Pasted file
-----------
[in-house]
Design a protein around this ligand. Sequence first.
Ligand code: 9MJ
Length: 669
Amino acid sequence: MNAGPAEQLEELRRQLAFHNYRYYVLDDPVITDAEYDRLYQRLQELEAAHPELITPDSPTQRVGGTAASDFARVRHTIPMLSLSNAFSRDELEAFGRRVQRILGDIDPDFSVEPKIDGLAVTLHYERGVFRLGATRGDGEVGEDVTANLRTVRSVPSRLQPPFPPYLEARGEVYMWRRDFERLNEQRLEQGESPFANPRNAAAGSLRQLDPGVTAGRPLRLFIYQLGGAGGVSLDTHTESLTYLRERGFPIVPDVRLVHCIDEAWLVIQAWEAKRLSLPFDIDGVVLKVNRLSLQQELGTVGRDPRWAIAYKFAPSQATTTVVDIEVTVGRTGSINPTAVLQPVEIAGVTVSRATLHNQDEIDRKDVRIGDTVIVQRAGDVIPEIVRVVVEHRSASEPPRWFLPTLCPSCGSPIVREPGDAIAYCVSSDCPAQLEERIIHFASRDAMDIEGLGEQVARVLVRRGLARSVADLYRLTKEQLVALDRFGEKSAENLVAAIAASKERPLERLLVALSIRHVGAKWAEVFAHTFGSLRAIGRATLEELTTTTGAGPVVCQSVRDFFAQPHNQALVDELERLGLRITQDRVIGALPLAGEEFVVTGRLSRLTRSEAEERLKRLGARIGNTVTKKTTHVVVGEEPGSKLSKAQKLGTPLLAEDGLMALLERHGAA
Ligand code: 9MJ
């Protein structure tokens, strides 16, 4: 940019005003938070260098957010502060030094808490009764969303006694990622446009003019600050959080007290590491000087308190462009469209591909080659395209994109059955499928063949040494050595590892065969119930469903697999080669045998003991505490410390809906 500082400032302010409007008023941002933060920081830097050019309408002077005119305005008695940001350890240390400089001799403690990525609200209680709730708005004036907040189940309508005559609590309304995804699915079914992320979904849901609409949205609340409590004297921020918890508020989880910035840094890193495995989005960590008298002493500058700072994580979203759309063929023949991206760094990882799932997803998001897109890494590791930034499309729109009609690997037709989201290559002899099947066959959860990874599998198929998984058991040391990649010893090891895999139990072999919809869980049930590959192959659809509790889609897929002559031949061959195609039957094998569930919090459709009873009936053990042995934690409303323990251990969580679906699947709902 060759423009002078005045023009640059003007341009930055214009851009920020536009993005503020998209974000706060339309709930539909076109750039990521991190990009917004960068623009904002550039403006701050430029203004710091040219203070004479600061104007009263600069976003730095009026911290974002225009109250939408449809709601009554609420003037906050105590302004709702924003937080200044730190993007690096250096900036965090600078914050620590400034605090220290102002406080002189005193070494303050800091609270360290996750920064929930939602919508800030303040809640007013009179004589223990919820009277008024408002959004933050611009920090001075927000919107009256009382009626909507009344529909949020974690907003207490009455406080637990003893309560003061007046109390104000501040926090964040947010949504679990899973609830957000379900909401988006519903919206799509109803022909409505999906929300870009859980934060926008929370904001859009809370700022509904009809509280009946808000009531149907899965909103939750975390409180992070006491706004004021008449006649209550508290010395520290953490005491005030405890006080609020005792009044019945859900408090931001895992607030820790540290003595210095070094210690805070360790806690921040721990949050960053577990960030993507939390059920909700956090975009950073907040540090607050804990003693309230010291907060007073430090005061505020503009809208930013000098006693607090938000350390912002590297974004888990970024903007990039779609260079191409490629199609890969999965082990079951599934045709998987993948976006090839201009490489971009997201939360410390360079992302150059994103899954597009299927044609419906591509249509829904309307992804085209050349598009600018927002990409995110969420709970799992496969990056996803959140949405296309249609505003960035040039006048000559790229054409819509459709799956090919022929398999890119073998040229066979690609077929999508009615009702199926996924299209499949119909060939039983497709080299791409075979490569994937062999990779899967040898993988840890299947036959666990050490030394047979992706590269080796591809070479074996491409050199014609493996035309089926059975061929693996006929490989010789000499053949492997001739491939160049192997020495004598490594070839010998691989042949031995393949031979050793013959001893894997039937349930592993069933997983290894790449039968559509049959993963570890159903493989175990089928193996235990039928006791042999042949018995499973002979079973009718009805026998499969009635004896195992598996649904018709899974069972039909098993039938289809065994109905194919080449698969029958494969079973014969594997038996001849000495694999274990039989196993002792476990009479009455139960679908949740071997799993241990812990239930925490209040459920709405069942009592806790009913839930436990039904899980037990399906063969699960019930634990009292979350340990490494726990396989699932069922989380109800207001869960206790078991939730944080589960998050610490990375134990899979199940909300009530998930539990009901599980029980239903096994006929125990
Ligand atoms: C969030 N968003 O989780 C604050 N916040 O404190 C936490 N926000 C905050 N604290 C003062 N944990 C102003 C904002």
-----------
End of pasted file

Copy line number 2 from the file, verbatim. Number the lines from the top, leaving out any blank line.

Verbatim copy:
Design a protein around this ligand. Sequence first.